“Me Too”: The Power of Validation

In the wake of revelations that Harvey Weinstein built his media empire in part, by harrassing (and worse) women who worked for him, there is a Facebook wave of “me too” posts by women and men who have also been harrassed, molested or assaulted.

It is empowering.  

Because when hundreds, thousands and tens of thousands raise their social media “hands” to be counted, suddenly the lonely heart hiding in the corner realizes they are NOT alone.  

I am thrilled that the secrecy and shame of sexual misconduct by men against women is being dragged into the light.  That is where it belongs. 

I want to do the same for child loss.  I want to do the same for grief.  I want to start a bold campaign where mothers and fathers, sisters and brothers, grandparents and others say, “Me too!”

My heart hurts too. 

My life is NOT the same and will NEVER be the same without my loved one’s companionship on earth.

I STILL look for him to come through the door on holiday weekends.  I still long to CALL her and share good news or talk over my day.  I CANNOT give up his old clothes or put away her toys or bundle up his belongings for charity.

I have to suck in my breath when a quick glance at a passing stranger tells my heart, “THERE HE IS!”

But my head says, “No, that can’t be him-he’s GONE.”

Songs-all kinds of songs-provoke memories, feelings, tears.  Dry it up.  Keep the fake face smiling.  Look forward, don’t let them see. 

There are thousands of us.  Thousands. of. us.

Who will stand and raise their hand and SHOUT, “Me too!”?

me too sharing the path

 

Vocabulary Lesson: Learning the Language of Grief and Loss

How do you speak of the unspeakable?

How do you constrain the earth-shattering reality of child loss to a few syllables?

How do you SAY what must be said?

I remember the first hour after the news.  I had to make phone calls.  Had to confirm my son’s identity and let family know what had happened.

I used the only words I had at the time, “I have to tell you something terrible. Dominic is dead.”

Over, and over, and over.

Until others could pick up the chant and spread it to the ends of the earth.

And then silence.

Such a deep wound requires silence.  Because there are no words for the ache inside a mother’s heart, the pain that burrows into her bones, the sorrow that sucks the breath from her body.

It was some months before I found a community of bereaved parents who began to give me a vocabulary for my experience.

And it was more than helpful, it was liberating!

break-the-chains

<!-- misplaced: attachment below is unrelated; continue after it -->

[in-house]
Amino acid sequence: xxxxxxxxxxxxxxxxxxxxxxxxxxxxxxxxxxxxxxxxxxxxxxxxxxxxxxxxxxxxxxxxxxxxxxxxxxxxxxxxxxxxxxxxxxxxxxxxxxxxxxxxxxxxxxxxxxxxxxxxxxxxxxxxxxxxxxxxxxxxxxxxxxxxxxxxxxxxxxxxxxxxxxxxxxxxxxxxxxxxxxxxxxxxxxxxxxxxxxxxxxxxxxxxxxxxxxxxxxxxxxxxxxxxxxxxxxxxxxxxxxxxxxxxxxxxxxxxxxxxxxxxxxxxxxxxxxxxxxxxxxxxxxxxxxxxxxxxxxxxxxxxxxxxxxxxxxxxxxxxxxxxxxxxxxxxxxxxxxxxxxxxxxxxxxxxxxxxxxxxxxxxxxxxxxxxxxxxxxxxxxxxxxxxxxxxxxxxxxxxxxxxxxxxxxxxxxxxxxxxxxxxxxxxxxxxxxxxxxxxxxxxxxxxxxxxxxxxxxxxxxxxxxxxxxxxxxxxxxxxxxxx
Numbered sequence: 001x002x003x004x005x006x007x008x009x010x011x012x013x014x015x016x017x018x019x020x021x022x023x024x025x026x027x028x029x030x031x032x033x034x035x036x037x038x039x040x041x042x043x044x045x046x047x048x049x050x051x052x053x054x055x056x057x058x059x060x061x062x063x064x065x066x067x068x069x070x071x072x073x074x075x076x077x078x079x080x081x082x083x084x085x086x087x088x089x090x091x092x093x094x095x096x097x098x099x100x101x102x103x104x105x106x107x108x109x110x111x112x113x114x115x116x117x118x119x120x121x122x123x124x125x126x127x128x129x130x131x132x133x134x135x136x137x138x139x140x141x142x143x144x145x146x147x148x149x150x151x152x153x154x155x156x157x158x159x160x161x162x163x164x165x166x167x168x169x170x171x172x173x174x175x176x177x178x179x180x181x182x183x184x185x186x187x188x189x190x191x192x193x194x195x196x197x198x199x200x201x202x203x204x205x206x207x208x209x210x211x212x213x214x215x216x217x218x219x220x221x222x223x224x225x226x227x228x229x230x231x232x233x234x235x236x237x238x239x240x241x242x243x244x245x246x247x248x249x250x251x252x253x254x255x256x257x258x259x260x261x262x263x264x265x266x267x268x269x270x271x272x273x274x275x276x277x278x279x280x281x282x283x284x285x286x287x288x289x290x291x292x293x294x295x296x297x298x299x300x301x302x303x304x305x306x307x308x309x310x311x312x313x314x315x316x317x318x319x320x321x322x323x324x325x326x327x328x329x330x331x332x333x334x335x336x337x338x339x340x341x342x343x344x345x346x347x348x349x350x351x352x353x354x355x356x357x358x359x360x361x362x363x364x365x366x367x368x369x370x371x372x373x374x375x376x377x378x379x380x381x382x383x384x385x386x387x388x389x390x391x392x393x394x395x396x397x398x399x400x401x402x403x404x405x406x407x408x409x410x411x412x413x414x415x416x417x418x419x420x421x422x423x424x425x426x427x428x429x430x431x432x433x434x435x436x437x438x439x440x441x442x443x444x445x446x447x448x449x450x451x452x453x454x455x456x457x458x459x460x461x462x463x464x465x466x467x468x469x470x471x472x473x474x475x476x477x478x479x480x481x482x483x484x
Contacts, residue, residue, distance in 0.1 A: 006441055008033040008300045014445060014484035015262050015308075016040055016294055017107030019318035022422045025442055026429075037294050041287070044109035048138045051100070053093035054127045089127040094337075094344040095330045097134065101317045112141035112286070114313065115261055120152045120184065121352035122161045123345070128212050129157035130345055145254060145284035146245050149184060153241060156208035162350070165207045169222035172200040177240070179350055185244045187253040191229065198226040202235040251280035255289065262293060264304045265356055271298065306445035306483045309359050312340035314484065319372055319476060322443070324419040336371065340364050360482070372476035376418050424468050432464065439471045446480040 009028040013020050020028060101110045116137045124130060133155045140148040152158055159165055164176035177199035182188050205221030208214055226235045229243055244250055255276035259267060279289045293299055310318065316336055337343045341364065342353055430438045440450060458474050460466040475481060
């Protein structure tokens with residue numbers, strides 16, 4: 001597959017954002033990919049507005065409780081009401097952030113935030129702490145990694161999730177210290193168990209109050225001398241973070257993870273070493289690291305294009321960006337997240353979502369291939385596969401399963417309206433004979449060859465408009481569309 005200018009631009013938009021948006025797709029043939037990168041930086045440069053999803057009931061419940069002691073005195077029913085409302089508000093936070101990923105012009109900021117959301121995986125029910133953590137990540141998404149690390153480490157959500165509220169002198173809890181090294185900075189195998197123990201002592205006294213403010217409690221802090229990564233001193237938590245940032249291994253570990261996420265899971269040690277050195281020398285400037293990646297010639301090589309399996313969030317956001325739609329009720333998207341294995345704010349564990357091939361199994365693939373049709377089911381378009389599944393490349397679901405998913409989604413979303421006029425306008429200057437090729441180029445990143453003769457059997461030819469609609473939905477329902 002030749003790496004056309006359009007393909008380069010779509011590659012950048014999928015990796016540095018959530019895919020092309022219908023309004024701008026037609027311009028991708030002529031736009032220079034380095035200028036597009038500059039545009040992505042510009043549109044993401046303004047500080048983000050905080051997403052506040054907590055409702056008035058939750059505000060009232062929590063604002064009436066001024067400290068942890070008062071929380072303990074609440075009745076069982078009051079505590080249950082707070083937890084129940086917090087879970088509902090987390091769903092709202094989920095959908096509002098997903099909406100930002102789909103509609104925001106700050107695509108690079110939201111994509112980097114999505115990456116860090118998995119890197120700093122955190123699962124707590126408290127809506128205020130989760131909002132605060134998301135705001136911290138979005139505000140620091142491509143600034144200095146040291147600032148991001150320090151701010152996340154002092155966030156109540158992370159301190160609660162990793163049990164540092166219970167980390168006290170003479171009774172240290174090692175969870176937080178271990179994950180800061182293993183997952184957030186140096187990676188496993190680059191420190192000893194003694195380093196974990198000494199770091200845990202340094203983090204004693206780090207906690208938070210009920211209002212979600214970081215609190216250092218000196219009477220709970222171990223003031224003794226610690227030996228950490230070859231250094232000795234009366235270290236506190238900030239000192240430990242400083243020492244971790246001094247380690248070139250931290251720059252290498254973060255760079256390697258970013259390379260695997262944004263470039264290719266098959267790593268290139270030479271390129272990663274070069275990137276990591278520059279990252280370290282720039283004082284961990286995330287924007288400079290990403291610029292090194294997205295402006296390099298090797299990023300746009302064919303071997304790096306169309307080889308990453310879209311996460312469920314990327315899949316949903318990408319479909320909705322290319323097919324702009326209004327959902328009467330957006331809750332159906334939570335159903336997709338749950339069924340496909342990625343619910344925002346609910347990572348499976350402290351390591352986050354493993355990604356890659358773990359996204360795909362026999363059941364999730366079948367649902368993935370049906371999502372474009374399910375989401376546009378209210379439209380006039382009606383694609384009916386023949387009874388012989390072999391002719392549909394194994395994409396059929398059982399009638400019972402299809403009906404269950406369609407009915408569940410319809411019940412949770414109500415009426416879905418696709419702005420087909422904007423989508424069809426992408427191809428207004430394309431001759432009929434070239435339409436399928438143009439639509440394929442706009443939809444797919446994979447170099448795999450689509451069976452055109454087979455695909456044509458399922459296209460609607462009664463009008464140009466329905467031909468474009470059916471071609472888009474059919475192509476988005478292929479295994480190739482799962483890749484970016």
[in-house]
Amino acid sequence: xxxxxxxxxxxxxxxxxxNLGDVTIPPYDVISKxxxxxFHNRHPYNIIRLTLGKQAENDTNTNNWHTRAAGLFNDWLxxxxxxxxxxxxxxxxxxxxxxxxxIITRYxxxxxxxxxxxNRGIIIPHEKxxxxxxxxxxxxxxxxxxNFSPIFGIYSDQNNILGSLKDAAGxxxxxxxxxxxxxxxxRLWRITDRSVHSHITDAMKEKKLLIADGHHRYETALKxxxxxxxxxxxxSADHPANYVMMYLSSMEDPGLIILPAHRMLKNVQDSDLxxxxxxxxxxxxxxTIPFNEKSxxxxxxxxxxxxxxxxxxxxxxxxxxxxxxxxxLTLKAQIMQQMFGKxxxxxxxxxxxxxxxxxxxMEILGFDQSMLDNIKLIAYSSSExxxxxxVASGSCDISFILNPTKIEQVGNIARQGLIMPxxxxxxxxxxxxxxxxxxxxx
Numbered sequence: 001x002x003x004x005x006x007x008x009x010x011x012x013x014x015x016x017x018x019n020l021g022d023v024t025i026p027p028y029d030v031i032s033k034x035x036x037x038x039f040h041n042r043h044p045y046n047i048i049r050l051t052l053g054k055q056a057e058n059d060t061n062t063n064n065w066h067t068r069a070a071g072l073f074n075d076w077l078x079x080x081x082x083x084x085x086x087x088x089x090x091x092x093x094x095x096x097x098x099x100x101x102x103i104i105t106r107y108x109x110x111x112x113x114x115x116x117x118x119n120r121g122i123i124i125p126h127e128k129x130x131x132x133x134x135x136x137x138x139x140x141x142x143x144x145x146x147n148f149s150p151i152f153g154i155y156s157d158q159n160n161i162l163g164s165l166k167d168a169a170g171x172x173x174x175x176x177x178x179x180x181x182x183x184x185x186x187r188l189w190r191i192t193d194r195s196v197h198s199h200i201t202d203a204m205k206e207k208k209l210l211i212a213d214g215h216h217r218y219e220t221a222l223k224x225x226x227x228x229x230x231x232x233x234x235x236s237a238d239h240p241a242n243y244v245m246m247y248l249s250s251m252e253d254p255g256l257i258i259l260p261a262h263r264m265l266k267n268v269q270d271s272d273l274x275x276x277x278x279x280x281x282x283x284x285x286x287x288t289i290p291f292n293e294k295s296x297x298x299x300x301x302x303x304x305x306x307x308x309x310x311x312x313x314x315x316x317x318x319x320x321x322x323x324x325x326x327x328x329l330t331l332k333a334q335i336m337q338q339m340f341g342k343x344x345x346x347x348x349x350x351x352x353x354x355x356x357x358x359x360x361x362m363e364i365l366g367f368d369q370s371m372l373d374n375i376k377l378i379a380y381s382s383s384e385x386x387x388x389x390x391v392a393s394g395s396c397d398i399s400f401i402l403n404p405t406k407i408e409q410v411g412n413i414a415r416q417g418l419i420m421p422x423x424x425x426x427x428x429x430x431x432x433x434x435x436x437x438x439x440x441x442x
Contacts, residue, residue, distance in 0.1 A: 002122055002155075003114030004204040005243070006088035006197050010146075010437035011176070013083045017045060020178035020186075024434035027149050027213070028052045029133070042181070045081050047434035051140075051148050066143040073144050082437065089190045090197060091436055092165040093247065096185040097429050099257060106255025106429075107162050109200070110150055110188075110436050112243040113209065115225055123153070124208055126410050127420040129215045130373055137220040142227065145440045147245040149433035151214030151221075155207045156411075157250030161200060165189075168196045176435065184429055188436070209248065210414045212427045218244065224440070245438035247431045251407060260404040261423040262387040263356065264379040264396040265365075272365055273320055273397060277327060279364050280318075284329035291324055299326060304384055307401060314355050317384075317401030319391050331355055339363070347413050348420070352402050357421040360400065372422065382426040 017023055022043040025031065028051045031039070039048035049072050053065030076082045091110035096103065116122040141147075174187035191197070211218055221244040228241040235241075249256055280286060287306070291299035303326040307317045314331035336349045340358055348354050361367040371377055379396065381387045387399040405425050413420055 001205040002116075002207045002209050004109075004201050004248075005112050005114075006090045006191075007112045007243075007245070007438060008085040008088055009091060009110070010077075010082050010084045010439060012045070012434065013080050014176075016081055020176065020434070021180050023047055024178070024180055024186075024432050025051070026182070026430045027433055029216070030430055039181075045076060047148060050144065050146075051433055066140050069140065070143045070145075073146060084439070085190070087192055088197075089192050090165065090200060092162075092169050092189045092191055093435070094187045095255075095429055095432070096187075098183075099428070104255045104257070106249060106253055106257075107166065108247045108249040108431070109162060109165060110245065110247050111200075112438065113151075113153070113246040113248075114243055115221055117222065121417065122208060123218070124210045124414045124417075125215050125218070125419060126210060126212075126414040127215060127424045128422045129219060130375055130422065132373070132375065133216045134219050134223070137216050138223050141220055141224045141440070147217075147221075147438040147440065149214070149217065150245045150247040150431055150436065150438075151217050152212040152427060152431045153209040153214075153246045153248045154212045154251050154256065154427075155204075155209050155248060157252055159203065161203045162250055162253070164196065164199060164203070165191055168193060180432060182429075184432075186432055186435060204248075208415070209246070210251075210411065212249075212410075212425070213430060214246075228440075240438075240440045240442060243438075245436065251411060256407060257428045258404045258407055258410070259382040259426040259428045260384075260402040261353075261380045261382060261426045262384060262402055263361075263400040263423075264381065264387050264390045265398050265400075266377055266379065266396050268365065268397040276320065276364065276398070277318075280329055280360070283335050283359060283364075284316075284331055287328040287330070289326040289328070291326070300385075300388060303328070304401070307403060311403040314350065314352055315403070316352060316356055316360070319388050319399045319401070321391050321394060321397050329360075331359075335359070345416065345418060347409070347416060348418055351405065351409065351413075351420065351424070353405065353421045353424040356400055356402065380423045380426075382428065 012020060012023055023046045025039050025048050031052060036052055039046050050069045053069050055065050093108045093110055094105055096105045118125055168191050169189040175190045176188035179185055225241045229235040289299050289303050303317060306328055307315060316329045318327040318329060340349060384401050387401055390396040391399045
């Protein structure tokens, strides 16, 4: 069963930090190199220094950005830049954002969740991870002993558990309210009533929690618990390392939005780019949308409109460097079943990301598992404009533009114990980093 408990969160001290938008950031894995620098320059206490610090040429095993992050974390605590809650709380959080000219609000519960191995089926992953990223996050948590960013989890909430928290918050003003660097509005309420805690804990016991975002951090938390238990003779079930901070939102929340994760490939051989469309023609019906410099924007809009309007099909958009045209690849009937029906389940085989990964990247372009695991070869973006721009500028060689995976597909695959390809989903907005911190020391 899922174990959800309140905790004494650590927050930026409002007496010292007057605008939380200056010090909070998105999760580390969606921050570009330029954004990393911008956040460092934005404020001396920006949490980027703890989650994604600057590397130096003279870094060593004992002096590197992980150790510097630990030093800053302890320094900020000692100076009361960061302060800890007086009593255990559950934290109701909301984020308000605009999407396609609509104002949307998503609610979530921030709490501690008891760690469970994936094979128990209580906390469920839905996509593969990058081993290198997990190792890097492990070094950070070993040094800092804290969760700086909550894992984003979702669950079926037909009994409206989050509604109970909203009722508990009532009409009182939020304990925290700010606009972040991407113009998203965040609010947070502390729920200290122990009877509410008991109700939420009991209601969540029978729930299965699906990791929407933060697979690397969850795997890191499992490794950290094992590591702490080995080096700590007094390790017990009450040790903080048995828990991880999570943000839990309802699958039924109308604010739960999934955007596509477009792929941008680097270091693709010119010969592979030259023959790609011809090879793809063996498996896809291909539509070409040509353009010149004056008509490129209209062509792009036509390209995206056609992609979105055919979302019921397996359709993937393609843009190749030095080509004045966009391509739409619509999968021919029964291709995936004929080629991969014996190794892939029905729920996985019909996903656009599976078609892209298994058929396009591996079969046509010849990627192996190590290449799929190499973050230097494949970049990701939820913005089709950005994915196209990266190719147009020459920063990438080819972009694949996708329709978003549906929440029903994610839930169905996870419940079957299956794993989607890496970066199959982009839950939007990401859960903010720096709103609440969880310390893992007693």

As I began to speak aloud what was hidden inside, it broke chains I didn’t realize held me hostage.

As long as my feelings are secret, they trap my heart and mind in an endless cycle of regret, fear, sorrow, pain and anxiety.  When I speak them aloud, I can recognize them and fight them and overpower them.  And when I share them,  I find that I am not alone.

Others come alongside and say, “Me too!”  Validation makes me stronger. Understanding makes me brave.

me too sharing the path

I hate the fact that my son is dead.

I hate the pain that his death has inflicted on me and on my family.

There are days I wish I could run away and hide, that I could pretend this never happened, that I could undo the broken that permeates my life.

But I can’t.

There’s no way through but through.  I have to face the awful truth, I have to consider the ways it is changing me and remaking who I am.

I need words to process the pain because that’s how I can disarm its power over me.

It’s tempting to try to ignore the hard parts of our stories thinking that we are getting away from them.

But we aren’t.

The harder the season, the more profound the wound or bitter the struggle the more time it takes to process.

The first step is learning the words and finding community in which to speak them.

healthy-heart

Here are links to three online communities for bereaved parents:

While We’re Waiting-Support for Bereaved Parents

Heartache and Hope: Life After Losing a Child

TCF-Loss of a Child (The Compassionate Friends)

If you have lost a child and are looking for a place to learn the language of grief and loss, a safe space to share your pain with others who understand it, see if one of these groups might be the place for you.